The base of the Tremadocian allows scientists to relate these species not only to each other, but to species that occur with them in other areas. This makes it easier to place many more species in time relative to the beginning of the Ordovician Period. A number of regional terms have been used to subdivide the Ordovician Period. In 2008, the ICS erected a formal international system of subdivisions. There exist Baltoscandic, Siberian, North American, Chinese Mediterranean and North-Gondwanan regional stratigraphic schemes; the Ordovician Period in Britain was traditionally broken into Early and Late epochs. The corresponding rocks of the Ordovician System are referred to as coming from the Lower, Middle, or Upper part of the column; the faunal stages from youngest to oldest are: Late Ordovician Hirnantian/Gamach Rawtheyan/Richmond Cautleyan/Richmond Pusgillian/Maysville/Richmond Middle Ordovician Trenton Onnian/Maysville/Eden Actonian/Eden Marshbrookian/Sherman Longvillian/Sherman Soudleyan/Kirkfield Harnagian/Rockland Costonian/Black River Chazy Llandeilo Whiterock Llanvirn Early Ordovician Cassinian Arenig/Jefferson/Castleman Tremadoc/Deming/Gaconadian The Tremadoc corresponds to the Tremadocian.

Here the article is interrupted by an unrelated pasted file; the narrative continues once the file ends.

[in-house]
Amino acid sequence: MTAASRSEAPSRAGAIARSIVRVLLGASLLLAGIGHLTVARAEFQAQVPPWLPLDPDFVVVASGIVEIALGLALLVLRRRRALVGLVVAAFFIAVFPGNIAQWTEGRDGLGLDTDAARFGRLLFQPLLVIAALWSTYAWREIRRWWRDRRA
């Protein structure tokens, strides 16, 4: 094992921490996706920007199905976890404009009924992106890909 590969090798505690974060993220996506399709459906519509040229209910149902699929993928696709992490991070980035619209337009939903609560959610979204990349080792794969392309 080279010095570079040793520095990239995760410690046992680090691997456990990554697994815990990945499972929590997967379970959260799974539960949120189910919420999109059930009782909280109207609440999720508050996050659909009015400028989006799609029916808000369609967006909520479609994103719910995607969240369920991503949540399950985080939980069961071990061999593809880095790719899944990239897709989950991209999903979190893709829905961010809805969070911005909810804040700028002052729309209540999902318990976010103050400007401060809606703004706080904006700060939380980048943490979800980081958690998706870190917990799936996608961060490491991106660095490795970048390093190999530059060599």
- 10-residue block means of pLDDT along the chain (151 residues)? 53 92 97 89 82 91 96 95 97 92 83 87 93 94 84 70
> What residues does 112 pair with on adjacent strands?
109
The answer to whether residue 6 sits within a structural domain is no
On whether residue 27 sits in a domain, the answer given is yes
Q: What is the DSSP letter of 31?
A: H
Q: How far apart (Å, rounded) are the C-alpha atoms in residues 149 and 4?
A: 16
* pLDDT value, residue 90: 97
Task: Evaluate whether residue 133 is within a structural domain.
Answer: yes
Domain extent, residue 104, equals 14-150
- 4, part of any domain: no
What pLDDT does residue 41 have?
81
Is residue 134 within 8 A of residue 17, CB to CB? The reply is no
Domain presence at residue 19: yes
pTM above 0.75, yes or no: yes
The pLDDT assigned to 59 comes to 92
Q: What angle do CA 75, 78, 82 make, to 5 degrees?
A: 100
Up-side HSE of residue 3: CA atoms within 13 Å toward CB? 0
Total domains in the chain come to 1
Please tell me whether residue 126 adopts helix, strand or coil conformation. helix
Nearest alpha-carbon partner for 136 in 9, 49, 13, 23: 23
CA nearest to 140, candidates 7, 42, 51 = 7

The Floian corresponds to the lower Arenig. The Llanvirn occupies the rest of the Darriwilian, terminates with it at the base of the Late Ordovician; the Sandbian represents the first half of the Caradoc. During the Ordovician, the southern continents were collected into Gondwana. Gondwana started the period in equatorial latitudes and, as the period progressed, drifted toward the South Pole. Early in the Ordovician, the continents of Laurentia and Baltica were still independent continents, but Baltica began to move towards Laurentia in the period, causing the Iapetus Ocean between them to shrink; the small continent Avalonia separated from Gondwana and began to move north towards Baltica and Laurentia, opening the Rheic Ocean between Gondwana and Avalonia. The Taconic orogeny, a major mountain-building episode, was well under way in Cambrian times. In the early and middle Ordovician, temperatures were mild, but at the beginning of the Late Ordovician, from 460 to 450 Ma, volcanoes along the margin of the Iapetus Ocean spewed massive amounts of carbon dioxide, a greenhouse gas, into the atmosphere, turning the planet into a hothouse.